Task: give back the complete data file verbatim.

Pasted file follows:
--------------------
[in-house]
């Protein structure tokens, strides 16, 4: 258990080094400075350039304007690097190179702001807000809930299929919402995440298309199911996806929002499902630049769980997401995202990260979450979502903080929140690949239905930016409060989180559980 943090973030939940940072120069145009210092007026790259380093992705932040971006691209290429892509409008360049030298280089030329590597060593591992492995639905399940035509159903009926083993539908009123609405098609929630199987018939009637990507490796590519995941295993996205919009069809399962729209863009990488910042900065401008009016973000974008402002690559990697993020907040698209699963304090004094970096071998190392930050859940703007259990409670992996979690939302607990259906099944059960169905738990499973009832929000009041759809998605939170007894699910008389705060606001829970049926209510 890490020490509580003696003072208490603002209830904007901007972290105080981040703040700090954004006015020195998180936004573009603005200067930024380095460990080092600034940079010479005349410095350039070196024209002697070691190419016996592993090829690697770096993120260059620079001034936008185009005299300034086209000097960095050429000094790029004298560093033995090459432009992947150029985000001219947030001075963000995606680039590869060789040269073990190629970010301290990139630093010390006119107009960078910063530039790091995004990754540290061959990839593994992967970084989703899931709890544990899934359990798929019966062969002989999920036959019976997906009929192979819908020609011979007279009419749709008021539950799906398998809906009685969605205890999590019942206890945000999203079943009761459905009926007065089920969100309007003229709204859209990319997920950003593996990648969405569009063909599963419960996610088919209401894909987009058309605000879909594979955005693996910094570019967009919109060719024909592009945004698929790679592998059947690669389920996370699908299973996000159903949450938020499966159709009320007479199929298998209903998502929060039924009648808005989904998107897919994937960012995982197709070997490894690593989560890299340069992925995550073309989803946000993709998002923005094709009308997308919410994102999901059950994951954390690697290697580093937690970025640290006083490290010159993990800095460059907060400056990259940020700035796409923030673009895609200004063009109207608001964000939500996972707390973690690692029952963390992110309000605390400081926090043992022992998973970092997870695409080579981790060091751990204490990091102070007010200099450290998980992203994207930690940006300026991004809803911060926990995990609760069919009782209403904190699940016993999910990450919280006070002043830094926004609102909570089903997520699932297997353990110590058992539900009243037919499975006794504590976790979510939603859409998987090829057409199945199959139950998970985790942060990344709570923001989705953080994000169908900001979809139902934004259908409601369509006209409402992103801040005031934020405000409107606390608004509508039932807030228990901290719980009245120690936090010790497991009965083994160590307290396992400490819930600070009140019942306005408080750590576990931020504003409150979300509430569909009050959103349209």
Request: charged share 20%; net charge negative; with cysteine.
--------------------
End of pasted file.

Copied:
[in-house]
């Protein structure tokens, strides 16, 4: 258990080094400075350039304007690097190179702001807000809930299929919402995440298309199911996806929002499902630049769980997401995202990260979450979502903080929140690949239905930016409060989180559980 943090973030939940940072120069145009210092007026790259380093992705932040971006691209290429892509409008360049030298280089030329590597060593591992492995639905399940035509159903009926083993539908009123609405098609929630199987018939009637990507490796590519995941295993996205919009069809399962729209863009990488910042900065401008009016973000974008402002690559990697993020907040698209699963304090004094970096071998190392930050859940703007259990409670992996979690939302607990259906099944059960169905738990499973009832929000009041759809998605939170007894699910008389705060606001829970049926209510 890490020490509580003696003072208490603002209830904007901007972290105080981040703040700090954004006015020195998180936004573009603005200067930024380095460990080092600034940079010479005349410095350039070196024209002697070691190419016996592993090829690697770096993120260059620079001034936008185009005299300034086209000097960095050429000094790029004298560093033995090459432009992947150029985000001219947030001075963000995606680039590869060789040269073990190629970010301290990139630093010390006119107009960078910063530039790091995004990754540290061959990839593994992967970084989703899931709890544990899934359990798929019966062969002989999920036959019976997906009929192979819908020609011979007279009419749709008021539950799906398998809906009685969605205890999590019942206890945000999203079943009761459905009926007065089920969100309007003229709204859209990319997920950003593996990648969405569009063909599963419960996610088919209401894909987009058309605000879909594979955005693996910094570019967009919109060719024909592009945004698929790679592998059947690669389920996370699908299973996000159903949450938020499966159709009320007479199929298998209903998502929060039924009648808005989904998107897919994937960012995982197709070997490894690593989560890299340069992925995550073309989803946000993709998002923005094709009308997308919410994102999901059950994951954390690697290697580093937690970025640290006083490290010159993990800095460059907060400056990259940020700035796409923030673009895609200004063009109207608001964000939500996972707390973690690692029952963390992110309000605390400081926090043992022992998973970092997870695409080579981790060091751990204490990091102070007010200099450290998980992203994207930690940006300026991004809803911060926990995990609760069919009782209403904190699940016993999910990450919280006070002043830094926004609102909570089903997520699932297997353990110590058992539900009243037919499975006794504590976790979510939603859409998987090829057409199945199959139950998970985790942060990344709570923001989705953080994000169908900001979809139902934004259908409601369509006209409402992103801040005031934020405000409107606390608004509508039932807030228990901290719980009245120690936090010790497991009965083994160590307290396992400490819930600070009140019942306005408080750590576990931020504003409150979300509430569909009050959103349209």
Request: charged share 20%; net charge negative; with cysteine.